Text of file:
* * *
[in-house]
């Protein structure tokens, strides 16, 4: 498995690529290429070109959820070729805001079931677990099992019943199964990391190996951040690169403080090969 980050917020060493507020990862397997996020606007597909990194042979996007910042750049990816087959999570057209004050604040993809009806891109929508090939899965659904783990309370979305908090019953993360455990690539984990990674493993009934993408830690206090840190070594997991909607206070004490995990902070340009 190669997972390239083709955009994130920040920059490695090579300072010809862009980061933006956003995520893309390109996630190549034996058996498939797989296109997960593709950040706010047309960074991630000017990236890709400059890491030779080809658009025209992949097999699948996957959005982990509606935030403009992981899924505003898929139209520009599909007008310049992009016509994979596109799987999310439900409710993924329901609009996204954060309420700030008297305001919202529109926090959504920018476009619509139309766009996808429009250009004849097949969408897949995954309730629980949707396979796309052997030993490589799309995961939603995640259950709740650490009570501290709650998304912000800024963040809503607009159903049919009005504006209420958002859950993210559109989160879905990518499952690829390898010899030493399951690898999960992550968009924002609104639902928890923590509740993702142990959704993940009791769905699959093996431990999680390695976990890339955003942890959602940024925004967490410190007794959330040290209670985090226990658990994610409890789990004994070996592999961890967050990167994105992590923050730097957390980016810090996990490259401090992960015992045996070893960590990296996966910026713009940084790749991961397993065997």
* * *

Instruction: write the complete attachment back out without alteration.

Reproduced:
[in-house]
């Protein structure tokens, strides 16, 4: 498995690529290429070109959820070729805001079931677990099992019943199964990391190996951040690169403080090969 980050917020060493507020990862397997996020606007597909990194042979996007910042750049990816087959999570057209004050604040993809009806891109929508090939899965659904783990309370979305908090019953993360455990690539984990990674493993009934993408830690206090840190070594997991909607206070004490995990902070340009 190669997972390239083709955009994130920040920059490695090579300072010809862009980061933006956003995520893309390109996630190549034996058996498939797989296109997960593709950040706010047309960074991630000017990236890709400059890491030779080809658009025209992949097999699948996957959005982990509606935030403009992981899924505003898929139209520009599909007008310049992009016509994979596109799987999310439900409710993924329901609009996204954060309420700030008297305001919202529109926090959504920018476009619509139309766009996808429009250009004849097949969408897949995954309730629980949707396979796309052997030993490589799309995961939603995640259950709740650490009570501290709650998304912000800024963040809503607009159903049919009005504006209420958002859950993210559109989160879905990518499952690829390898010899030493399951690898999960992550968009924002609104639902928890923590509740993702142990959704993940009791769905699959093996431990999680390695976990890339955003942890959602940024925004967490410190007794959330040290209670985090226990658990994610409890789990004994070996592999961890967050990167994105992590923050730097957390980016810090996990490259401090992960015992045996070893960590990296996966910026713009940084790749991961397993065997």